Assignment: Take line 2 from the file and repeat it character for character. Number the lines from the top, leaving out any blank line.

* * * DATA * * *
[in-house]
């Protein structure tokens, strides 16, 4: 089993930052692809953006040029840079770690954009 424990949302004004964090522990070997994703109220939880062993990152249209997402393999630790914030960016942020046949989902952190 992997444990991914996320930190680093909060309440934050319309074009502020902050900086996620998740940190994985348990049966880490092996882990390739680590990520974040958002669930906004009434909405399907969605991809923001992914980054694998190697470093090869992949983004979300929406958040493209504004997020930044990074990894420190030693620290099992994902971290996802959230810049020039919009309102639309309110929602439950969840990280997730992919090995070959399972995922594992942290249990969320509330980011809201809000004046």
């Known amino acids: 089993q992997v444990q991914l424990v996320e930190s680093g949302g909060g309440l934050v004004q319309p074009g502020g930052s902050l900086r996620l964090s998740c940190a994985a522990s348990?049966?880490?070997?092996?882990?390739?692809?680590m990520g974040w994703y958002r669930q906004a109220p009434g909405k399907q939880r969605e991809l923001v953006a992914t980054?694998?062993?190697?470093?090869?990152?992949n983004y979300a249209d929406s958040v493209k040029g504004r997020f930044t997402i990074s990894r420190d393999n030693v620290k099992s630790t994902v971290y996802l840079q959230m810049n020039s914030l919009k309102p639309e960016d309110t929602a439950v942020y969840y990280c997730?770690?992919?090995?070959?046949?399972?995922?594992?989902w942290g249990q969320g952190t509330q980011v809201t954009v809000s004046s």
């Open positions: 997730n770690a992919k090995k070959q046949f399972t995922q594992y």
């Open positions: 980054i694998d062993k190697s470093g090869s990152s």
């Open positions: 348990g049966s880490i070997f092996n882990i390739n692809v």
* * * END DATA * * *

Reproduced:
């Protein structure tokens, strides 16, 4: 089993930052692809953006040029840079770690954009 424990949302004004964090522990070997994703109220939880062993990152249209997402393999630790914030960016942020046949989902952190 992997444990991914996320930190680093909060309440934050319309074009502020902050900086996620998740940190994985348990049966880490092996882990390739680590990520974040958002669930906004009434909405399907969605991809923001992914980054694998190697470093090869992949983004979300929406958040493209504004997020930044990074990894420190030693620290099992994902971290996802959230810049020039919009309102639309309110929602439950969840990280997730992919090995070959399972995922594992942290249990969320509330980011809201809000004046």